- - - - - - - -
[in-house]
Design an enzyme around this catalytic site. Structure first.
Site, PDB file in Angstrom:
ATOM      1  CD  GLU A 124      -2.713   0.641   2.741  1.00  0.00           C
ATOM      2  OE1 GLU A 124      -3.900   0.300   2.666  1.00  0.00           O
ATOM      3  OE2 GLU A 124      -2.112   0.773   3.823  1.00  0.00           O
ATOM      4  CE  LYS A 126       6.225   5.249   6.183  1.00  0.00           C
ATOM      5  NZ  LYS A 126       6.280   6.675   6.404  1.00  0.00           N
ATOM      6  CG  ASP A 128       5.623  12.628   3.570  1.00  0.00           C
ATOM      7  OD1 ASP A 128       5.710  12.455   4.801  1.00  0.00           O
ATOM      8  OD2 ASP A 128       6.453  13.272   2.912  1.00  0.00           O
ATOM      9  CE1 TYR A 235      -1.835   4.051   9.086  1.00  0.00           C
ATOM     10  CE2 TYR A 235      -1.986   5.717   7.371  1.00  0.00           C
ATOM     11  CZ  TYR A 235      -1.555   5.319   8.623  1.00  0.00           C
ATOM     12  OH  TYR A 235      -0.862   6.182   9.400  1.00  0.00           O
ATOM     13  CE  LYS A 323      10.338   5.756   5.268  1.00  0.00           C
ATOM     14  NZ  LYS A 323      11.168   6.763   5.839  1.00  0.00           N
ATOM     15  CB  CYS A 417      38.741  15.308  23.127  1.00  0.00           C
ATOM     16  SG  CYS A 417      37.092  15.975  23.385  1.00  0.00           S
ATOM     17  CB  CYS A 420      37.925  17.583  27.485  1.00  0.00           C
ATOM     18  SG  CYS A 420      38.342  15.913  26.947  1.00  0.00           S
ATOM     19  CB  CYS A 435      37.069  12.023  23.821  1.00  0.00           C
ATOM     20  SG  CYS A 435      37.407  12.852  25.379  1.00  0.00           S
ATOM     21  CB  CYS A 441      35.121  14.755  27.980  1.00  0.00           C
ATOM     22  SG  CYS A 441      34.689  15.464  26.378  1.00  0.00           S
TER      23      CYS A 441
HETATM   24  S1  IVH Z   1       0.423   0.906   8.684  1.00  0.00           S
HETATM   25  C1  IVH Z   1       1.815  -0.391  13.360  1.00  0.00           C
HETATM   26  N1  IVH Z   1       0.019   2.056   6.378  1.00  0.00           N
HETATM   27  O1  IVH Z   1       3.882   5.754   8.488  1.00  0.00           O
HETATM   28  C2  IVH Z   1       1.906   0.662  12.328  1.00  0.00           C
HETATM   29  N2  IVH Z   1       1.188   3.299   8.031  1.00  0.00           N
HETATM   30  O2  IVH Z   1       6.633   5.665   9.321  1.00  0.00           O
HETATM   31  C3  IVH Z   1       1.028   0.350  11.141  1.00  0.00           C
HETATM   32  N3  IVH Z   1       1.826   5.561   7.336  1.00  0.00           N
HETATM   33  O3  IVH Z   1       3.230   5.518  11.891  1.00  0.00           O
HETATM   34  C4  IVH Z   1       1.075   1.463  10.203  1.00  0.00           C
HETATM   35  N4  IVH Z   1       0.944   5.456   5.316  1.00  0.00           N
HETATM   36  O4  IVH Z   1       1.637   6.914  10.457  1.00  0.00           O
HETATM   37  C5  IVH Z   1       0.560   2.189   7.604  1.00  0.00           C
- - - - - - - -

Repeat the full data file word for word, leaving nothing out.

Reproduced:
[in-house]
Design an enzyme around this catalytic site. Structure first.
Site, PDB file in Angstrom:
ATOM      1  CD  GLU A 124      -2.713   0.641   2.741  1.00  0.00           C
ATOM      2  OE1 GLU A 124      -3.900   0.300   2.666  1.00  0.00           O
ATOM      3  OE2 GLU A 124      -2.112   0.773   3.823  1.00  0.00           O
ATOM      4  CE  LYS A 126       6.225   5.249   6.183  1.00  0.00           C
ATOM      5  NZ  LYS A 126       6.280   6.675   6.404  1.00  0.00           N
ATOM      6  CG  ASP A 128       5.623  12.628   3.570  1.00  0.00           C
ATOM      7  OD1 ASP A 128       5.710  12.455   4.801  1.00  0.00           O
ATOM      8  OD2 ASP A 128       6.453  13.272   2.912  1.00  0.00           O
ATOM      9  CE1 TYR A 235      -1.835   4.051   9.086  1.00  0.00           C
ATOM     10  CE2 TYR A 235      -1.986   5.717   7.371  1.00  0.00           C
ATOM     11  CZ  TYR A 235      -1.555   5.319   8.623  1.00  0.00           C
ATOM     12  OH  TYR A 235      -0.862   6.182   9.400  1.00  0.00           O
ATOM     13  CE  LYS A 323      10.338   5.756   5.268  1.00  0.00           C
ATOM     14  NZ  LYS A 323      11.168   6.763   5.839  1.00  0.00           N
ATOM     15  CB  CYS A 417      38.741  15.308  23.127  1.00  0.00           C
ATOM     16  SG  CYS A 417      37.092  15.975  23.385  1.00  0.00           S
ATOM     17  CB  CYS A 420      37.925  17.583  27.485  1.00  0.00           C
ATOM     18  SG  CYS A 420      38.342  15.913  26.947  1.00  0.00           S
ATOM     19  CB  CYS A 435      37.069  12.023  23.821  1.00  0.00           C
ATOM     20  SG  CYS A 435      37.407  12.852  25.379  1.00  0.00           S
ATOM     21  CB  CYS A 441      35.121  14.755  27.980  1.00  0.00           C
ATOM     22  SG  CYS A 441      34.689  15.464  26.378  1.00  0.00           S
TER      23      CYS A 441
HETATM   24  S1  IVH Z   1       0.423   0.906   8.684  1.00  0.00           S
HETATM   25  C1  IVH Z   1       1.815  -0.391  13.360  1.00  0.00           C
HETATM   26  N1  IVH Z   1       0.019   2.056   6.378  1.00  0.00           N
HETATM   27  O1  IVH Z   1       3.882   5.754   8.488  1.00  0.00           O
HETATM   28  C2  IVH Z   1       1.906   0.662  12.328  1.00  0.00           C
HETATM   29  N2  IVH Z   1       1.188   3.299   8.031  1.00  0.00           N
HETATM   30  O2  IVH Z   1       6.633   5.665   9.321  1.00  0.00           O
HETATM   31  C3  IVH Z   1       1.028   0.350  11.141  1.00  0.00           C
HETATM   32  N3  IVH Z   1       1.826   5.561   7.336  1.00  0.00           N
HETATM   33  O3  IVH Z   1       3.230   5.518  11.891  1.00  0.00           O
HETATM   34  C4  IVH Z   1       1.075   1.463  10.203  1.00  0.00           C
HETATM   35  N4  IVH Z   1       0.944   5.456   5.316  1.00  0.00           N
HETATM   36  O4  IVH Z   1       1.637   6.914  10.457  1.00  0.00           O
HETATM   37  C5  IVH Z   1       0.560   2.189   7.604  1.00  0.00           C